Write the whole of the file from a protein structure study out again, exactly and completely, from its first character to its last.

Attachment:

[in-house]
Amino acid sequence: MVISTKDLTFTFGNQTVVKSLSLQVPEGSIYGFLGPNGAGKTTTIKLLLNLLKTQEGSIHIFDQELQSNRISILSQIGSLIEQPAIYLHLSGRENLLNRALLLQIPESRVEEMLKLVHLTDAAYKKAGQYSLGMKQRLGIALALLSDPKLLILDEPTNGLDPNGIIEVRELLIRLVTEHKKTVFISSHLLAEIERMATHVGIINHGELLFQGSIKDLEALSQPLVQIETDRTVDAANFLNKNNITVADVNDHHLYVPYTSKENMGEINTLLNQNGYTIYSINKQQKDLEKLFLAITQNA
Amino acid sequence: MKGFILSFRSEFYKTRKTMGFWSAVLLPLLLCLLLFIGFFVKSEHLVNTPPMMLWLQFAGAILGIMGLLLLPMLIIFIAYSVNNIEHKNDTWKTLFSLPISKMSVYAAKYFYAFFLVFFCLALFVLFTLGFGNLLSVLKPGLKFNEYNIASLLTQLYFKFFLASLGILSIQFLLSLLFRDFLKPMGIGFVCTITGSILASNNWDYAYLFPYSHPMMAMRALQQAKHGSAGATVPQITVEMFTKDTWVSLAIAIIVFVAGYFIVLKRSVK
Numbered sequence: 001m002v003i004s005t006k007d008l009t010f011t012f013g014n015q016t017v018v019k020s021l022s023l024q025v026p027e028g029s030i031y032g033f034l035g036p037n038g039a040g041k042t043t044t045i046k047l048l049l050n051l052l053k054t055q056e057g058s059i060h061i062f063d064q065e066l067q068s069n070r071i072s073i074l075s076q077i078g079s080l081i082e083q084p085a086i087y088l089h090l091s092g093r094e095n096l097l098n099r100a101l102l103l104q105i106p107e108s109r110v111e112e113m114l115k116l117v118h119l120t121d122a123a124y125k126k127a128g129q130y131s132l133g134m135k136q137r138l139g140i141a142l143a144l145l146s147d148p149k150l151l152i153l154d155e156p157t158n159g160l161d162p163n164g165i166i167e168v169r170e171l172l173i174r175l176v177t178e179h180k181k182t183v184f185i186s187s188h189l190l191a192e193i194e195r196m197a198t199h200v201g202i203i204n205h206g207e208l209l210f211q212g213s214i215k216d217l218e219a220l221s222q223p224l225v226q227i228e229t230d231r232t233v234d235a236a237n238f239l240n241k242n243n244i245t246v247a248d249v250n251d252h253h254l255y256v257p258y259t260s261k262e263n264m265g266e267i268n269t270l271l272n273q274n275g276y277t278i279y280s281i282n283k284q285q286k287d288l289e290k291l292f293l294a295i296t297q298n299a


[in-house]
Amino acid sequence: MVISTKDLTFTFGNQTVVKSLSLQVPEGSIYGFLGPNGAGKTTTIKLLLNLLKTQEGSIHIFDQELQSNRISILSQIGSLIEQPAIYLHLSGRENLLNRALLLQIPESRVEEMLKLVHLTDAAYKKAGQYSLGMKQRLGIALALLSDPKLLILDEPTNGLDPNGIIEVRELLIRLVTEHKKTVFISSHLLAEIERMATHVGIINHGELLFQGSIKDLEALSQPLVQIETDRTVDAANFLNKNNITVADVNDHHLYVPYTSKENMGEINTLLNQNGYTIYSINKQQKDLEKLFLAITQNA
Amino acid sequence: MKGFILSFRSEFYKTRKTMGFWSAVLLPLLLCLLLFIGFFVKSEHLVNTPPMMLWLQFAGAILGIMGLLLLPMLIIFIAYSVNNIEHKNDTWKTLFSLPISKMSVYAAKYFYAFFLVFFCLALFVLFTLGFGNLLSVLKPGLKFNEYNIASLLTQLYFKFFLASLGILSIQFLLSLLFRDFLKPMGIGFVCTITGSILASNNWDYAYLFPYSHPMMAMRALQQAKHGSAGATVPQITVEMFTKDTWVSLAIAIIVFVAGYFIVLKRSVK
Numbered sequence: 001m002v003i004s005t006k007d008l009t010f011t012f013g014n015q016t017v018v019k020s021l022s023l024q025v026p027e028g029s030i031y032g033f034l035g036p037n038g039a040g041k042t043t044t045i046k047l048l049l050n051l052l053k054t055q056e057g058s059i060h061i062f063d064q065e066l067q068s069n070r071i072s073i074l075s076q077i078g079s080l081i082e083q084p085a086i087y088l089h090l091s092g093r094e095n096l097l098n099r100a101l102l103l104q105i106p107e108s109r110v111e112e113m114l115k116l117v118h119l120t121d122a123a124y125k126k127a128g129q130y131s132l133g134m135k136q137r138l139g140i141a142l143a144l145l146s147d148p149k150l151l152i153l154d155e156p157t158n159g160l161d162p163n164g165i166i167e168v169r170e171l172l173i174r175l176v177t178e179h180k181k182t183v184f185i186s187s188h189l190l191a192e193i194e195r196m197a198t199h200v201g202i203i204n205h206g207e208l209l210f211q212g213s214i215k216d217l218e219a220l221s222q223p224l225v226q227i228e229t230d231r232t233v234d235a236a237n238f239l240n241k242n243n244i245t246v247a248d249v250n251d252h253h254l255y256v257p258y259t260s261k262e263n264m265g266e267i268n269t270l271l272n273q274n275g276y277t278i279y280s281i282n283k284q285q286k287d288l289e290k291l292f293l294a295i296t297q298n299a